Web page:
A Karl Marx Reading List to celebrate the day of his birth

Although born in the early 19th century, the relevance of Karl Marx‘s ideas for analysing 20th and 21st century capitalism, as well as for understanding the political and economic struggles and changes of his own day, remain vital and essential. Here, Verso presents a Marx Reading List for that world-changing historical thinker, born 196 years ago. Karl Marx was born on 5 May 1818 to Heinrich Marx and Henrietta Pressburg.  Largely non-religious, Heinrich was a man of the Enlightenment, interested in the ideas of the philosophers Immanuel Kant and Voltaire. A classical liberal, he took part inagitation for a constitution and reforms in Prussia, then governed by an absolute monarchy. His wife, Henrietta Pressburg, was a Dutch Jew. She was from a prosperous business family that later founded the company Philips Electronics. In contrast to her husband, Henrietta retained her Jewish faith. Little is known of Karl Marx‘s childhood. The third of nine children, he became the oldest son when his brother Moritz died in 1819. Young Karl was baptised into the Lutheran Church in August 1824. His surviving siblings were also baptised as Lutherans. Young Karl was privately educated, by Heinrich Marx, until 1830, when he entered Trier High School, whose headmaster, Hugo Wyttenbach, was a friend of his father. By employing many liberal humanists as teachers, Wyttenbach incurred the anger of the local conservative government. Subsequently, police raided the school in 1832, and discovered that literature espousing political liberalism was being distributed among the students. Considering the distribution of such material a seditious act, the authorities instituted reforms and replaced several staff during Marx’s attendance.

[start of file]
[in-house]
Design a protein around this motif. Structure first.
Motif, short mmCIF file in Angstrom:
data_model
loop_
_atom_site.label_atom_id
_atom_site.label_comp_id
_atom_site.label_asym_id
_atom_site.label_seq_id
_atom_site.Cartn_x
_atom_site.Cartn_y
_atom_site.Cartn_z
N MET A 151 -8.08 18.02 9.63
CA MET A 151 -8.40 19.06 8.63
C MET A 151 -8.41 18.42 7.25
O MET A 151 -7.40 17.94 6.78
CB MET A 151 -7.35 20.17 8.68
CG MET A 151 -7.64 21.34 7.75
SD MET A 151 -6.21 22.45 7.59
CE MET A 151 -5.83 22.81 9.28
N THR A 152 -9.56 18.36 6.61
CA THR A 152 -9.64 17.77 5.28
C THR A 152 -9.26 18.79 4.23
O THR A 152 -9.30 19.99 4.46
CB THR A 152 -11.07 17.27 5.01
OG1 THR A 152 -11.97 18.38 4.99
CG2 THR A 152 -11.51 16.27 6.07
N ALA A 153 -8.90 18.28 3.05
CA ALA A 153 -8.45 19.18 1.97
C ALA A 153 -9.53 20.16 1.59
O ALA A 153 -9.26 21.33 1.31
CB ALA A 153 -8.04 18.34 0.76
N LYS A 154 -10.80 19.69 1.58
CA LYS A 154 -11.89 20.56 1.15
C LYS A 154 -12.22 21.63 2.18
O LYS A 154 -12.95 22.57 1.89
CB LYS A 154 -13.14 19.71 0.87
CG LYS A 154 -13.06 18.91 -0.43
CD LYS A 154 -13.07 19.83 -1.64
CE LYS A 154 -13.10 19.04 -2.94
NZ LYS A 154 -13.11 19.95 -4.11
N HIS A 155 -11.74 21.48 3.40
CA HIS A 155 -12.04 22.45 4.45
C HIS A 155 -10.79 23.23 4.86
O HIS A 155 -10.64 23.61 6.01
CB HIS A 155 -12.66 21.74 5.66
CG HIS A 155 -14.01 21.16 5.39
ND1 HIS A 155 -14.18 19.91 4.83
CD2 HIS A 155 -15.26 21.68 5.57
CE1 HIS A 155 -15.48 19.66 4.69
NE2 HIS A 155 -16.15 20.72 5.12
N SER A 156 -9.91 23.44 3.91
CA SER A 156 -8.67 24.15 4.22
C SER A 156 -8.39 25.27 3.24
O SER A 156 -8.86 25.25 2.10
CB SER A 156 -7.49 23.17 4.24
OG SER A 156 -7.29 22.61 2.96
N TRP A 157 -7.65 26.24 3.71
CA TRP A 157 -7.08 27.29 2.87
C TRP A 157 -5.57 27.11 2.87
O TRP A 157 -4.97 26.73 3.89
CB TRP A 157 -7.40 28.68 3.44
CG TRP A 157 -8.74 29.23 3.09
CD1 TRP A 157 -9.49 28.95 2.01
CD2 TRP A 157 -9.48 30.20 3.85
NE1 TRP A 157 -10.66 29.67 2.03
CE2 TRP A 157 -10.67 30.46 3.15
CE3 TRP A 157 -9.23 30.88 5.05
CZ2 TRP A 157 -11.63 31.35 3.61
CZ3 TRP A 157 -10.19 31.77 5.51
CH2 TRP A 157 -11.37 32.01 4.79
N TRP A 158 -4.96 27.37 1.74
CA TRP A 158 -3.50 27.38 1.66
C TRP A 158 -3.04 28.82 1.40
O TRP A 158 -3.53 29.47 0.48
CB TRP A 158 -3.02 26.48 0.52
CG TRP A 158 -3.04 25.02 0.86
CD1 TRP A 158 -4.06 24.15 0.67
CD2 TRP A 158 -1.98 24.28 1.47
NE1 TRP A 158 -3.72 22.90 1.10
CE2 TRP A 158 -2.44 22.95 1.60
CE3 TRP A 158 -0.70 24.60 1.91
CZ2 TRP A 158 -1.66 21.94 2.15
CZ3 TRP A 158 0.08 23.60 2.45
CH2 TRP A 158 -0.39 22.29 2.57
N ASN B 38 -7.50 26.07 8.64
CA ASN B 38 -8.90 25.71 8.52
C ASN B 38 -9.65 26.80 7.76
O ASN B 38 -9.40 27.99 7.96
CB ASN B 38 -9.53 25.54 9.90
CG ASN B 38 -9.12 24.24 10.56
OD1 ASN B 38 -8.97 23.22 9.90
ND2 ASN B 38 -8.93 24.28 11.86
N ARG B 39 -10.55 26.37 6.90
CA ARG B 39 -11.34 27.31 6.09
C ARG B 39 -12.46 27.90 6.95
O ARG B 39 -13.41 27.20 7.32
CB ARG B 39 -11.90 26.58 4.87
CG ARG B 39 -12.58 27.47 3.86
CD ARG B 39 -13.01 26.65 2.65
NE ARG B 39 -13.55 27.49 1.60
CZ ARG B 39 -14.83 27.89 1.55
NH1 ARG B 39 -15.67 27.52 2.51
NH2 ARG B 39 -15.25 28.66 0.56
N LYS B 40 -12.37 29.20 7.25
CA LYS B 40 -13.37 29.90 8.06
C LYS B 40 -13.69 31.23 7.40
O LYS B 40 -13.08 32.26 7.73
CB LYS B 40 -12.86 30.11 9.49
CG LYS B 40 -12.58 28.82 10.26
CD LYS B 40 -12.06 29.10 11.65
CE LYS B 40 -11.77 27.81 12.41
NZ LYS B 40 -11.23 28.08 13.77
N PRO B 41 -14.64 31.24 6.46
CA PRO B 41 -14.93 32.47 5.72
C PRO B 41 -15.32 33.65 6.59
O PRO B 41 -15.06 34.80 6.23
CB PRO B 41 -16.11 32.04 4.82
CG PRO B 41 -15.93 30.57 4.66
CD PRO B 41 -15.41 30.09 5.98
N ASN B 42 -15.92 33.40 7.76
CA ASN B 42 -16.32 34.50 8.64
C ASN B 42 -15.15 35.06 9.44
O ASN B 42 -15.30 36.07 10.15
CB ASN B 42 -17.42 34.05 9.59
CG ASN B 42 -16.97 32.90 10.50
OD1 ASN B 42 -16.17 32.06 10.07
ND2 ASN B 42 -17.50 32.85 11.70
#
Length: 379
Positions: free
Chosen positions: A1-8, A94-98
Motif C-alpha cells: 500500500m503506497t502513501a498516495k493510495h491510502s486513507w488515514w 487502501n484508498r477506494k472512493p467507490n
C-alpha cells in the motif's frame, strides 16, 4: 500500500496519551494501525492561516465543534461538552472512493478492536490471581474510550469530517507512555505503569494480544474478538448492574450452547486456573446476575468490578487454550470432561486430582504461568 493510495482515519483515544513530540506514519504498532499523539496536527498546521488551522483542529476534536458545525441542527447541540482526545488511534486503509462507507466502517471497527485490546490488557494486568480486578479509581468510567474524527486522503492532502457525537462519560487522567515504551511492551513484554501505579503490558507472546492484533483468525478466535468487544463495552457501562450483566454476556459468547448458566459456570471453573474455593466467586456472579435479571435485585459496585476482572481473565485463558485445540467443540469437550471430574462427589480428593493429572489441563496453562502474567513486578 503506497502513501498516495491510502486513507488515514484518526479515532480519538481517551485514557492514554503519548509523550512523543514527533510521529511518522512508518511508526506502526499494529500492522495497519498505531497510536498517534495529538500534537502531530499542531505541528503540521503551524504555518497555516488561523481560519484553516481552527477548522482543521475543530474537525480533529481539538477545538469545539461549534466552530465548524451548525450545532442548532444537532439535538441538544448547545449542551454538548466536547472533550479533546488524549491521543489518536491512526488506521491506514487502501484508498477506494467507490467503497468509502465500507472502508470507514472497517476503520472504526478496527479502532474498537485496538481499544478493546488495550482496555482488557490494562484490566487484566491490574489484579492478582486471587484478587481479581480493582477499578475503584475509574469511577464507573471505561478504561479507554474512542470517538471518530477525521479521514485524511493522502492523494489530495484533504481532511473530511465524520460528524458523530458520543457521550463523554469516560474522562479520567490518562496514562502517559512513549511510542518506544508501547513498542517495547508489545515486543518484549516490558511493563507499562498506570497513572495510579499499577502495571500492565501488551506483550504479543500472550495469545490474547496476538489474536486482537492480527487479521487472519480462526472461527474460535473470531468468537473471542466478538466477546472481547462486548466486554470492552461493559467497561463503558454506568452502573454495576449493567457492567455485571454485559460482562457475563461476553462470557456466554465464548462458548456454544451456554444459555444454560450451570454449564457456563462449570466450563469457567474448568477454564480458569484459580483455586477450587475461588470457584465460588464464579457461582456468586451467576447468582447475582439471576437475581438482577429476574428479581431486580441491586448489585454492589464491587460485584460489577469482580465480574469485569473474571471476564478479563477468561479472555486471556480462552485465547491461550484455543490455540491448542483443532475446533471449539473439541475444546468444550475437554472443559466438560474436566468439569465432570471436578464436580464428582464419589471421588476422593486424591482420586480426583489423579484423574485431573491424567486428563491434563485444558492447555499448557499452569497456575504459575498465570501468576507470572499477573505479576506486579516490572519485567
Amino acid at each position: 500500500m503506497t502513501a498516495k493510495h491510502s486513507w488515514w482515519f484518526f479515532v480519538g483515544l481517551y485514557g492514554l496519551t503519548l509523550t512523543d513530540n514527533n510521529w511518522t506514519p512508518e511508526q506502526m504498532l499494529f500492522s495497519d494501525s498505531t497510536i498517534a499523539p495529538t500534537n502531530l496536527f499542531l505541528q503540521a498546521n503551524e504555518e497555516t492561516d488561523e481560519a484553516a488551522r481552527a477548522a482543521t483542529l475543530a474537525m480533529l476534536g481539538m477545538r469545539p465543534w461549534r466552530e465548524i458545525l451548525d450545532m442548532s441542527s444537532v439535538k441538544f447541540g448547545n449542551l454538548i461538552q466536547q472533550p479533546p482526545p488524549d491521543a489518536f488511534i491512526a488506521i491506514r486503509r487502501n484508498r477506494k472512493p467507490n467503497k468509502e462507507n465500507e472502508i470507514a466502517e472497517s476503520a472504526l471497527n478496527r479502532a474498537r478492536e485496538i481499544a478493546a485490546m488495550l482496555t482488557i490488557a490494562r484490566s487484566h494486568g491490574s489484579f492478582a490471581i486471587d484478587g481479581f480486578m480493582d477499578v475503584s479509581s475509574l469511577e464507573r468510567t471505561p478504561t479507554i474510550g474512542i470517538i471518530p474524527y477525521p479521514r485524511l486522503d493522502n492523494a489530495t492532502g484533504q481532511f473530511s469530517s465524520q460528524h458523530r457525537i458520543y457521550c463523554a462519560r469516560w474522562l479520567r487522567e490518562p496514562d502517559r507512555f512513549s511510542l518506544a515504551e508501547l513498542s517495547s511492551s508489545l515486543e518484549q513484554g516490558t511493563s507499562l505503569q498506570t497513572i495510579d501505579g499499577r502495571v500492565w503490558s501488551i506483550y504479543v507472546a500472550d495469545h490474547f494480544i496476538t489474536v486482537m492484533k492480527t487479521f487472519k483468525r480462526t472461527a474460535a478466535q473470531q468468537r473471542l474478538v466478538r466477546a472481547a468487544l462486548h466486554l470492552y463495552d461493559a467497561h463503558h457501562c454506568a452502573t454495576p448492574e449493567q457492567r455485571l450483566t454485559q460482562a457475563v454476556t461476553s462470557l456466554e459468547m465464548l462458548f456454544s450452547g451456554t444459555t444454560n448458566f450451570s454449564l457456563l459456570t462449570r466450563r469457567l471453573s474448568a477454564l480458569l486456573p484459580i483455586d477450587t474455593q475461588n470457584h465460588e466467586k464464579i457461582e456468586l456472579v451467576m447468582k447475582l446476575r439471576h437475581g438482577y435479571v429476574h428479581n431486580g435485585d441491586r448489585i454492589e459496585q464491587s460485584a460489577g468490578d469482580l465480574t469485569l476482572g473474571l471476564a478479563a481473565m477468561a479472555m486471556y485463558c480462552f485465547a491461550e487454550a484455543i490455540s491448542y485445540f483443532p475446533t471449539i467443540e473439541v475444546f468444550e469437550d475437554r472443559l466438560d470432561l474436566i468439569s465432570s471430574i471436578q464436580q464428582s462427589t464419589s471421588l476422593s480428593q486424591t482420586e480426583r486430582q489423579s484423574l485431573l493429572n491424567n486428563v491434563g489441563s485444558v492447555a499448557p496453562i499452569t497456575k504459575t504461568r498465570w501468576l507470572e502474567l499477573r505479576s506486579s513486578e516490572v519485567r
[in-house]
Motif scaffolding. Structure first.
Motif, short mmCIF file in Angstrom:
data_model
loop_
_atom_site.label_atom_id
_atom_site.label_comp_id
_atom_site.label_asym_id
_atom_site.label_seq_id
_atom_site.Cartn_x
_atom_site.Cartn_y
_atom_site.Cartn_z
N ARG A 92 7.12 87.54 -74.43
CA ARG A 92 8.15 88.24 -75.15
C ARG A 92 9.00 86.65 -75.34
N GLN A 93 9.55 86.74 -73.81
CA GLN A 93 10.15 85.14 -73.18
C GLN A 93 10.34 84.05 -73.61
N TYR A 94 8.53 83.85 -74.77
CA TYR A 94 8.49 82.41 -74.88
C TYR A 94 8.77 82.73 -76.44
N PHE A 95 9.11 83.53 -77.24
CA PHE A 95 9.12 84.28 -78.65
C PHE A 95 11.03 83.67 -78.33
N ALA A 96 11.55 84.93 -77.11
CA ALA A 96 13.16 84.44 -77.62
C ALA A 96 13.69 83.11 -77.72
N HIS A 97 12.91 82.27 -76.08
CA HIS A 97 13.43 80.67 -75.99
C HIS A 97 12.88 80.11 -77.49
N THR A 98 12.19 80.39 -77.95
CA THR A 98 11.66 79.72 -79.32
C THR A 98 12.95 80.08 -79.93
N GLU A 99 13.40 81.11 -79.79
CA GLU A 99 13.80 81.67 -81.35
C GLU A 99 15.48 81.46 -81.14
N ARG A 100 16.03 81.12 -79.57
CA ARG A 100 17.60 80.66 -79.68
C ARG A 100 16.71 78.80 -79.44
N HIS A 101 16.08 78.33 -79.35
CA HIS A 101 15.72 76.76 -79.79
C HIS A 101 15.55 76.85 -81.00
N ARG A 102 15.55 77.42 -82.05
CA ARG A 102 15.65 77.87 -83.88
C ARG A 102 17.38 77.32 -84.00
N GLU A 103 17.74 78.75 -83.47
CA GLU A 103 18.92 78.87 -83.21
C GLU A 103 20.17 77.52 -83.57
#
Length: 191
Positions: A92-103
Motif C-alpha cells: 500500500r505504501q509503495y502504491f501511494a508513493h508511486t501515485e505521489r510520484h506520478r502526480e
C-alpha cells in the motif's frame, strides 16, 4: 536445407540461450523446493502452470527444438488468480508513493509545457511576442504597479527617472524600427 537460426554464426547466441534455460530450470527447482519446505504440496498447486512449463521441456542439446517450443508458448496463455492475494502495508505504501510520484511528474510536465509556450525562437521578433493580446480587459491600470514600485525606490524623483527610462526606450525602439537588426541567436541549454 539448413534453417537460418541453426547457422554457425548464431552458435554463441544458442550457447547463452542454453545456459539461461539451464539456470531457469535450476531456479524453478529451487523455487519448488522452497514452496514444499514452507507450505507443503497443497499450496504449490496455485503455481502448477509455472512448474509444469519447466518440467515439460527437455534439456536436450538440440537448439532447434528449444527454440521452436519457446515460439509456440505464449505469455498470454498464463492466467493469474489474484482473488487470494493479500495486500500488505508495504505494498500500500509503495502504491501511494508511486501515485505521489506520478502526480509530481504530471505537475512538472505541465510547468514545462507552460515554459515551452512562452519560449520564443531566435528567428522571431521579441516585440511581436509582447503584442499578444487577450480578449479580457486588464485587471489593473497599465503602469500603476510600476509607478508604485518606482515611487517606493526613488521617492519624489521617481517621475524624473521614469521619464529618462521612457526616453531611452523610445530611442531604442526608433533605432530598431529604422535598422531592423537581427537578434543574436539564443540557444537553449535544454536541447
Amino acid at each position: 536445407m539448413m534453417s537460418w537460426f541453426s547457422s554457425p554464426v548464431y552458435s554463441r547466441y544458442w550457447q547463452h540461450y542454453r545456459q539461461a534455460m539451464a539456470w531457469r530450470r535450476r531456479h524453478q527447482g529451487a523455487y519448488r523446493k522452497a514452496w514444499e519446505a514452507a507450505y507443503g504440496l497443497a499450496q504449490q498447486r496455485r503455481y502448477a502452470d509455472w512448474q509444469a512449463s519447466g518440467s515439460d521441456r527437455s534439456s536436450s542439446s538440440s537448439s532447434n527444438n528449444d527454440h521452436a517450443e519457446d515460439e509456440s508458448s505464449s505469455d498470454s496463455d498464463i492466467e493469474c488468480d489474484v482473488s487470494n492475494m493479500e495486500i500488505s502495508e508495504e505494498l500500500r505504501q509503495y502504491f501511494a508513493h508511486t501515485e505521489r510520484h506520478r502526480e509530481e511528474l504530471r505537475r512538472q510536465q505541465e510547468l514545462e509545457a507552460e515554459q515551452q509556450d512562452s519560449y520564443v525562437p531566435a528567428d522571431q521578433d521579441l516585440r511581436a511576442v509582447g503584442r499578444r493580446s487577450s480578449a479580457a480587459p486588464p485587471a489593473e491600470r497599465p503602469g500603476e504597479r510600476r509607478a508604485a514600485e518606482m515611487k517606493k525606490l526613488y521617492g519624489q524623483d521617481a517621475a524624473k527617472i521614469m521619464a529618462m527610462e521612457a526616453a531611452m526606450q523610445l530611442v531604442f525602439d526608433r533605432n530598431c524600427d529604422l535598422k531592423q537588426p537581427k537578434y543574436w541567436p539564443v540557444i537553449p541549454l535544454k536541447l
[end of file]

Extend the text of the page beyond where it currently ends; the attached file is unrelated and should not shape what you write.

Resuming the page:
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About Giorgio Bertini

Director at Learning Change Project - Research on society, culture, art, neuroscience, cognition, critical thinking, intelligence, creativity, autopoiesis, self-organization, rhizomes, complexity, systems, networks, leadership, sustainability, thinkers, futures ++
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